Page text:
A simple object can be printed/created in four to five hours, whereas a more complex design might need 24 hours to complete. Prices also vary based on an item's complexity and size: printing an iPhone case would cost about $60, whereas a femur bone replica would cost about $325.

A full list of UPS Store locations that offer 3-d printing services is here.

More

Produce section -- fresh is best

The surest way to get the taste you're looking for is to buy produce that's in season

I've been going to grocery stores for years, decades in fact, and there still is one department that is hit-or-miss at times. That's the produce section....

Photo
© Aleksandar Mijatovic - Fotolia.com

I've been going to grocery stores for years, decades in fact, and there still is one department that is hit-or-miss at times. That's the produce section.

I never really know if my cantaloupe will be sweet or if my apples will be mushy and have that sandy texture. One thing I do know is that if you buy the things that are in season you will have a better shot at that perfect blueberry taste you're anticipating when you stick those blueberries in some yogurt.

As we head into fall from September to November, the harvest brings a variety of produce that not only tastes good in pies but also right off the vine, from squash and sweet potatoes to grapes and pears. So lets examine what's in for fall and what benefits we can derive from them.

Apples are a natural and with 7,500 varieties there is a good chance you will find a crisp sweet or even tart one that will wet your palate. Fuji apples have the highest concentration of antioxidants, phenolics, and flavonoids, while Cortland and Empire apples have the lowest.

Cranberries are at their best between October to November. That makes sense and explains why they always show up at Thanksgiving. Only 5% actually make it to the produce section (the other 95% are dried, canned, or turned into juice). Cranberries have been known to help with urinary tract infections.Eating them fresh can prevent oral diseases and slow the growth of breast, colon, prostate, and lung cancers.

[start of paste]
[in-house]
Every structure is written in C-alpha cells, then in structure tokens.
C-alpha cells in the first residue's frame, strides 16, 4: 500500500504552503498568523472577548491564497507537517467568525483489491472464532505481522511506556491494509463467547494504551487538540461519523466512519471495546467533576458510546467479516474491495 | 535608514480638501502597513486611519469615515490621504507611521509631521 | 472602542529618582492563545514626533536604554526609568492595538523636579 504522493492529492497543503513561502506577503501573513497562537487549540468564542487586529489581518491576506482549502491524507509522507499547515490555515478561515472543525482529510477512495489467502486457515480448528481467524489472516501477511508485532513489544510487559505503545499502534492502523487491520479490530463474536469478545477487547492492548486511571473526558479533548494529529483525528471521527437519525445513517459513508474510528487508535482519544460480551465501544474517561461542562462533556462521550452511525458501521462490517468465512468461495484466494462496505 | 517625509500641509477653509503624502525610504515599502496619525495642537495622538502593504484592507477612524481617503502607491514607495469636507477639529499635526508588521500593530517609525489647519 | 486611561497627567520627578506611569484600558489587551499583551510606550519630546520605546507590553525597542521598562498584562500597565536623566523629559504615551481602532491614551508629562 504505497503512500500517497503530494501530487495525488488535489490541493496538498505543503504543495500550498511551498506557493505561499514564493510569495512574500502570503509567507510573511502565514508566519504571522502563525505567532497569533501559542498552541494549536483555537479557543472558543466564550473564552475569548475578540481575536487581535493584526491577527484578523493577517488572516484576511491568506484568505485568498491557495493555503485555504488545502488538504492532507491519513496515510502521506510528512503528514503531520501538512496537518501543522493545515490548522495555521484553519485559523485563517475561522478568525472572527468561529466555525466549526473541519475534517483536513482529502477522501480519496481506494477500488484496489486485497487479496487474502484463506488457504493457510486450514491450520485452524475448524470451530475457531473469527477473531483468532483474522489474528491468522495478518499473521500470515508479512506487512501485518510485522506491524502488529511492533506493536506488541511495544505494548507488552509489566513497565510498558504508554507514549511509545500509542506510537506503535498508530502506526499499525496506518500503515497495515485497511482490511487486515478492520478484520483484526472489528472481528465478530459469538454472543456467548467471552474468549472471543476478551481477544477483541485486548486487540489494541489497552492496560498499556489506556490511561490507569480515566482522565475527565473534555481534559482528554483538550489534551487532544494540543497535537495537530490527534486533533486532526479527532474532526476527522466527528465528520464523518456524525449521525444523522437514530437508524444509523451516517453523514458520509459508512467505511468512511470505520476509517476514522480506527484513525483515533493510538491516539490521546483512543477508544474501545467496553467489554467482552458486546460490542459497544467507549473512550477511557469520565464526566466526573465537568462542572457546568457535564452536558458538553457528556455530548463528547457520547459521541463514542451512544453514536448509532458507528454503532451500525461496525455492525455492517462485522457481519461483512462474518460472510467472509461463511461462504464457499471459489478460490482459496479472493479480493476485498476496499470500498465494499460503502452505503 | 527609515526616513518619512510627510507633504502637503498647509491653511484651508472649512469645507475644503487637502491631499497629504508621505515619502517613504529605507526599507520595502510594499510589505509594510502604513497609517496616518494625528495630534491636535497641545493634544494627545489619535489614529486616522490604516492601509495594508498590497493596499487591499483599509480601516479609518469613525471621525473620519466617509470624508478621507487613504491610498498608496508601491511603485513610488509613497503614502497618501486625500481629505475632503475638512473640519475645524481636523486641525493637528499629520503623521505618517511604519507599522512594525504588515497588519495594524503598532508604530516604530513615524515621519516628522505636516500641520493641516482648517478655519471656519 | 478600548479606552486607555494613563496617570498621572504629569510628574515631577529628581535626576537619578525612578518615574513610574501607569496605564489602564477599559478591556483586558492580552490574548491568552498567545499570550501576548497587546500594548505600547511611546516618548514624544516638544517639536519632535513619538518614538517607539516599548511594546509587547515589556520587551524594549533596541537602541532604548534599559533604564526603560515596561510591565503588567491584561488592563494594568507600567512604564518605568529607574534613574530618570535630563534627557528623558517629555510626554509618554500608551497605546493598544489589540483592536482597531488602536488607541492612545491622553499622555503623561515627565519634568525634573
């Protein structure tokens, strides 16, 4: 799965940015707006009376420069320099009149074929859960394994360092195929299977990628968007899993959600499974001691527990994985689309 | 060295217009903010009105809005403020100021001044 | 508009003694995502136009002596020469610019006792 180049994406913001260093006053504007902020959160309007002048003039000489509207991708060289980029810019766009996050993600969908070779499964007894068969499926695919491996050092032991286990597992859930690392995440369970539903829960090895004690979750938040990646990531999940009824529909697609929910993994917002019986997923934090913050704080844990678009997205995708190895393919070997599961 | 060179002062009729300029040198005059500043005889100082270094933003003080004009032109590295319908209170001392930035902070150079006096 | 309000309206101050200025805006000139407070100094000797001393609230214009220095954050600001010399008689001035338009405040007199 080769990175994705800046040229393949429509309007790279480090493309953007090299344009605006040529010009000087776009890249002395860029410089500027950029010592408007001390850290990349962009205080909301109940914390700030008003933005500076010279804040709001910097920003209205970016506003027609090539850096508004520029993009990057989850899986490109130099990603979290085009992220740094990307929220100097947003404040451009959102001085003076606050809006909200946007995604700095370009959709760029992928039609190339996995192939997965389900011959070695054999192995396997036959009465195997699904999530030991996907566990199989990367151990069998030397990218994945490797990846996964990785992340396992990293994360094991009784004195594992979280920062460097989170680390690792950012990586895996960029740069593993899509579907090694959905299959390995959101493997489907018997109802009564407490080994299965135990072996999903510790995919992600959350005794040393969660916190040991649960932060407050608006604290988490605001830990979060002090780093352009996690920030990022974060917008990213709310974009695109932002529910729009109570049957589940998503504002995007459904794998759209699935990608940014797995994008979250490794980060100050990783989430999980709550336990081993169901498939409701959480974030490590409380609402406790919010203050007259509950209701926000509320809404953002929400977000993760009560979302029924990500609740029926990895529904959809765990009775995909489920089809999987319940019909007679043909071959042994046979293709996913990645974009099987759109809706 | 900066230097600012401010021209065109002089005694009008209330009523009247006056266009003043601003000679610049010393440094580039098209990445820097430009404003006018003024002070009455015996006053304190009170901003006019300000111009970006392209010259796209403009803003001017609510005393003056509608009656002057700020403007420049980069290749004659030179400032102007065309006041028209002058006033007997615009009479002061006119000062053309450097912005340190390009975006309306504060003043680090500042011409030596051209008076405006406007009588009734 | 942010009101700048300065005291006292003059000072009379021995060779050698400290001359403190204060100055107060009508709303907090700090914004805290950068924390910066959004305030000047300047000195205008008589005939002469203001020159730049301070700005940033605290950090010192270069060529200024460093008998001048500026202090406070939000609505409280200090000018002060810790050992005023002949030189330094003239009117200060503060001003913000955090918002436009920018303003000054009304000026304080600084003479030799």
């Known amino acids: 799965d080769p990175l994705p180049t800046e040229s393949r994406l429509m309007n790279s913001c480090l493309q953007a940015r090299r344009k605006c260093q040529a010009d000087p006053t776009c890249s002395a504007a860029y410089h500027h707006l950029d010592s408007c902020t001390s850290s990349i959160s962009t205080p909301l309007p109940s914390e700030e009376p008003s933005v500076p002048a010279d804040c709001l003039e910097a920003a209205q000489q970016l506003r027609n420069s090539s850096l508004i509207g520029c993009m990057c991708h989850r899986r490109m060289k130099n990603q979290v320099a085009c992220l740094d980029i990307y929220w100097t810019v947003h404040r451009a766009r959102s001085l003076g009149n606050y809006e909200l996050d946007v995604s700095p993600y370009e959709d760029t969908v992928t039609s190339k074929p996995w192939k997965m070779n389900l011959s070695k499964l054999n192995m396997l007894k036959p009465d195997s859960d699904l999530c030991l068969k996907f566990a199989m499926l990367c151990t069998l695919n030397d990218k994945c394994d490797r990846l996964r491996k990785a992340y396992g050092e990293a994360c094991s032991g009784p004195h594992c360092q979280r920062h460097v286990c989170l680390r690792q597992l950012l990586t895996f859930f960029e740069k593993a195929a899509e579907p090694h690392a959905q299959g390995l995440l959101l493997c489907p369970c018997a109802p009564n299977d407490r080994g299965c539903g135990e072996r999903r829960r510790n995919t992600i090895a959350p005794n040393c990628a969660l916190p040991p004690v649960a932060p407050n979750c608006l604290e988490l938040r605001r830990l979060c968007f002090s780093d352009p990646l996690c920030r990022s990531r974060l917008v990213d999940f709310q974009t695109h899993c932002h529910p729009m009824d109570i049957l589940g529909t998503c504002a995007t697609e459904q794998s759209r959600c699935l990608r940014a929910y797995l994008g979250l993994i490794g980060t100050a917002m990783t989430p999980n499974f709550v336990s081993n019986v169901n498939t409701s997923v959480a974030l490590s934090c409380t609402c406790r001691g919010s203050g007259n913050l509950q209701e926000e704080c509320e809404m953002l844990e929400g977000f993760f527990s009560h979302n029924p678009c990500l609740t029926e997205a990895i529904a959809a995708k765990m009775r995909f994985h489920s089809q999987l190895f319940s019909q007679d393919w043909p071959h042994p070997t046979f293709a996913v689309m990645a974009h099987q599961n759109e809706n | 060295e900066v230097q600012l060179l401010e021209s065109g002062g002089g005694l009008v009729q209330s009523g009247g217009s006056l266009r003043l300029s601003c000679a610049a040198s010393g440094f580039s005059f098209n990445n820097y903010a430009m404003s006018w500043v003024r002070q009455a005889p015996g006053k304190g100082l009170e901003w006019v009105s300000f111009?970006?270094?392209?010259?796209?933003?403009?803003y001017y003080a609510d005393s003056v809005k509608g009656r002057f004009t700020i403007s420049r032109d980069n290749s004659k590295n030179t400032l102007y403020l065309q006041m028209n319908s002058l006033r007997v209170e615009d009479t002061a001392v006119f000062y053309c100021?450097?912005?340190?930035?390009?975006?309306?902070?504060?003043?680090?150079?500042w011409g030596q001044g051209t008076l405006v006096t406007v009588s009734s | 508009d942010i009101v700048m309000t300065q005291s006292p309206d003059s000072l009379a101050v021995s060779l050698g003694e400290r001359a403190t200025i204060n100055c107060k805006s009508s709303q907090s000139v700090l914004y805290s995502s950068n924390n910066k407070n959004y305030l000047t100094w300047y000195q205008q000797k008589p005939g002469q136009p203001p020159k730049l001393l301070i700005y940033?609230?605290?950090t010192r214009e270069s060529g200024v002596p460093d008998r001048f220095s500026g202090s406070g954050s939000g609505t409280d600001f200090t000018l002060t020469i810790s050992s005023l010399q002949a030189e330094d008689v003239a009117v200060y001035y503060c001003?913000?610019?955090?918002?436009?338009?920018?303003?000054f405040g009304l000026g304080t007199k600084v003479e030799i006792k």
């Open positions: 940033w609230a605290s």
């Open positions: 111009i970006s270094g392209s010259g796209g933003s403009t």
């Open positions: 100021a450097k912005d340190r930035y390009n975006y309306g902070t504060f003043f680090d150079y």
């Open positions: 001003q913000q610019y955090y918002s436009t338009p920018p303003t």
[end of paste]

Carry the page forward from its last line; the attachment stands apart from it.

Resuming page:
No doubt about this one -- pumpkins are a huge hit and there is everything from pumpkin coffee to pumpkin soap. (Disclaimer: even though the soap smells great- don't eat it.)

Pumpkin offers a wealth of alpha- and beta-carotene, which can be converted into retinol to promote healthy vision and cell growth. Pumpkin seeds are also a good source of alpha-linolenic acid, an omega-3 fatty acid that may help those with heart disease, high blood pressure and so forth.

I'm not sure if it's the smell when they are cooked but Brussel sprouts were never a big winner with my kids until they got older. Cabbage didn't pull them in either. I love both of them and they are part of the fall veggie line-up. Packed with vitamins A and C, cabbage and its mini-me, Brussels sprouts, boast a high concentration of cancer-fighting agents.

You can't beat beets.They are in their prime in the fall. When selecting these reddish purple gems, look for firm, smooth bulbs and bright, crisp greens. Be sure to trim these right away though, since they can leech the beets’ nutrients including betaine, a compound that may help prevent heart and liver disease, and nitrate, which may increase blood flow to the brain and potentially reduce risk of dementia.